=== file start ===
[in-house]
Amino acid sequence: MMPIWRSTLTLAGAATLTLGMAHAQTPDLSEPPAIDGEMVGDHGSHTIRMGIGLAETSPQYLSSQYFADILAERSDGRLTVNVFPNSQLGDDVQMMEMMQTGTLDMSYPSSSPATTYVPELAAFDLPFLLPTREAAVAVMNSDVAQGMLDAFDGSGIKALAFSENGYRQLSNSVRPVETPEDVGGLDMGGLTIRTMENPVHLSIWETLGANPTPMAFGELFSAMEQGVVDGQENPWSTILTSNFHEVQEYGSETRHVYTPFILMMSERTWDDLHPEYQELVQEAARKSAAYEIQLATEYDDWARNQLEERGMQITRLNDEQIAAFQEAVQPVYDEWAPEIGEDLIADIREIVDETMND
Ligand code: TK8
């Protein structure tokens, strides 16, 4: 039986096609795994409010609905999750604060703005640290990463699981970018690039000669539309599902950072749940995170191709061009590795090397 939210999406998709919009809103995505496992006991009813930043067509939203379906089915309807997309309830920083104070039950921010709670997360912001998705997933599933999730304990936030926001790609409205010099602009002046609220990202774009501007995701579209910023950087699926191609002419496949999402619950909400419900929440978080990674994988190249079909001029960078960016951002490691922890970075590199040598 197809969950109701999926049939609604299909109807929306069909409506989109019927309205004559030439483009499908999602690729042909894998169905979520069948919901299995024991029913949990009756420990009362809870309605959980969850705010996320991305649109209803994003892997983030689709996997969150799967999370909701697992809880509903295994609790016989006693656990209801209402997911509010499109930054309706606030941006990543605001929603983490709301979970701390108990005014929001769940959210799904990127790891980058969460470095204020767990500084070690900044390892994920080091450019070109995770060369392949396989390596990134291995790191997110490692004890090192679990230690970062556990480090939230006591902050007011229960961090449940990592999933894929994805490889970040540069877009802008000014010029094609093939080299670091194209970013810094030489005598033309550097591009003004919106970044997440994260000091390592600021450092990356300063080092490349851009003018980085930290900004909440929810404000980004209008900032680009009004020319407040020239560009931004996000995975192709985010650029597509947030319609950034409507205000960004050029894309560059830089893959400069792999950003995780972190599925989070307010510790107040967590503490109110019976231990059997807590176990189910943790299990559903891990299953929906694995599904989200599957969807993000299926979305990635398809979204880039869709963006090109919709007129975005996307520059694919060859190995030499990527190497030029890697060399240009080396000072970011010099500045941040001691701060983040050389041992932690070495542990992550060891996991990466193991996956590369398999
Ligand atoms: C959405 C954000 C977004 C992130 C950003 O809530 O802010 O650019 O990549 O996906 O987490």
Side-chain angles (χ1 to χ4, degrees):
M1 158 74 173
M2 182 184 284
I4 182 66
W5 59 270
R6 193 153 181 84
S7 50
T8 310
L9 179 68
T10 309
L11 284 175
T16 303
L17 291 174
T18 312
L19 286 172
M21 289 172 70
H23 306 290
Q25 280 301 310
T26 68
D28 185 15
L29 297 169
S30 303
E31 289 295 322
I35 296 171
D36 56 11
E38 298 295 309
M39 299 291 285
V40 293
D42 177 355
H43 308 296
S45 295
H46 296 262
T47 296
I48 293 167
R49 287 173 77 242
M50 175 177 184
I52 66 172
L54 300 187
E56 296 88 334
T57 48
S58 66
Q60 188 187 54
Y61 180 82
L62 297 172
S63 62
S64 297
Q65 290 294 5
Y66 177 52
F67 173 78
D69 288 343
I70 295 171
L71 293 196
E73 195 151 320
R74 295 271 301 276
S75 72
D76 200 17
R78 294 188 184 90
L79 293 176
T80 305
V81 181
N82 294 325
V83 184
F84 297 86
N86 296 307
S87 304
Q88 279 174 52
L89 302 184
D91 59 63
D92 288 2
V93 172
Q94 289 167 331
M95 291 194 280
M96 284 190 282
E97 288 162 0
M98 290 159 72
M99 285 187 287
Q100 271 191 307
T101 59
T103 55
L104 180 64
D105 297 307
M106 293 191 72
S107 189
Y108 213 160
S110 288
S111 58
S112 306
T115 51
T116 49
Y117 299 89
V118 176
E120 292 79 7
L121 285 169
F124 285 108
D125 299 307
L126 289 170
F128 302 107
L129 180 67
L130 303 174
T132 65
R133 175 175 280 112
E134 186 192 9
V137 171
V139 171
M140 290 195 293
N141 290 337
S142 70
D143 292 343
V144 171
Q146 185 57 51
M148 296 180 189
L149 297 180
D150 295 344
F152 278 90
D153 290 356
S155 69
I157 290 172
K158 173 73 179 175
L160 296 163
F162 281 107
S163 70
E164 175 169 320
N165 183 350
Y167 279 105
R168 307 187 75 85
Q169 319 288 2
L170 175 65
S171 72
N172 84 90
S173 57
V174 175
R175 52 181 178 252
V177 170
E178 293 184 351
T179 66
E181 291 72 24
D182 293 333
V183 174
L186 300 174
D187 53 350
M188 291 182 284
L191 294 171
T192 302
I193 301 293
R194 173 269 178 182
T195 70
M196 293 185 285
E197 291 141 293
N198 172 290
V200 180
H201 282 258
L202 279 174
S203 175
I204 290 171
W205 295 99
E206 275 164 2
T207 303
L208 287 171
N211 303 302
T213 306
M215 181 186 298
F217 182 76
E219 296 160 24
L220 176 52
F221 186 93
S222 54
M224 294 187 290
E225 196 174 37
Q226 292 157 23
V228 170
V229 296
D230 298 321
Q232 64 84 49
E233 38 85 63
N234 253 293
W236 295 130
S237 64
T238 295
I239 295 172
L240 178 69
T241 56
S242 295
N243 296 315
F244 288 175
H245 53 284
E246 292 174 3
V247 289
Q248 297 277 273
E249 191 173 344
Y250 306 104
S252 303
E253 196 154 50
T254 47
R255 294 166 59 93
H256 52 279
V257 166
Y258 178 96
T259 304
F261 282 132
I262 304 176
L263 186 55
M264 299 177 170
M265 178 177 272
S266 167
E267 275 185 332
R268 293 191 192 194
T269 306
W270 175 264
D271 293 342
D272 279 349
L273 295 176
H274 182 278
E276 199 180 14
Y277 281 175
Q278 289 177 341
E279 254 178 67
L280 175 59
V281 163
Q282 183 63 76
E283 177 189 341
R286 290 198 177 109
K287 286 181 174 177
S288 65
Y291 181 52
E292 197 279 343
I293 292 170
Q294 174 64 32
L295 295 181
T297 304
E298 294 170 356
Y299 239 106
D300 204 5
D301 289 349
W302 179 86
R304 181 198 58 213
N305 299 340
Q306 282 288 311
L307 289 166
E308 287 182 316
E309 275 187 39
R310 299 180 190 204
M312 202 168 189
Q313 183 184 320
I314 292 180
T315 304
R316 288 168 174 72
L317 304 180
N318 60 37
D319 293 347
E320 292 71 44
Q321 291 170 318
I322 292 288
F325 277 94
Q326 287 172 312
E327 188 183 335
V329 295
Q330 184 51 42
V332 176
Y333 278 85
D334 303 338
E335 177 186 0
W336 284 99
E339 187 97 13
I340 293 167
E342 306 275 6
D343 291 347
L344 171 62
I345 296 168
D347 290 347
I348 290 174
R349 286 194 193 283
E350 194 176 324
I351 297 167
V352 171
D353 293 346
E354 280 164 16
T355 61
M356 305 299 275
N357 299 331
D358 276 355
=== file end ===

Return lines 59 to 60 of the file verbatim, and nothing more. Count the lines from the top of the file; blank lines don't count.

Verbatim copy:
R74 295 271 301 276
S75 72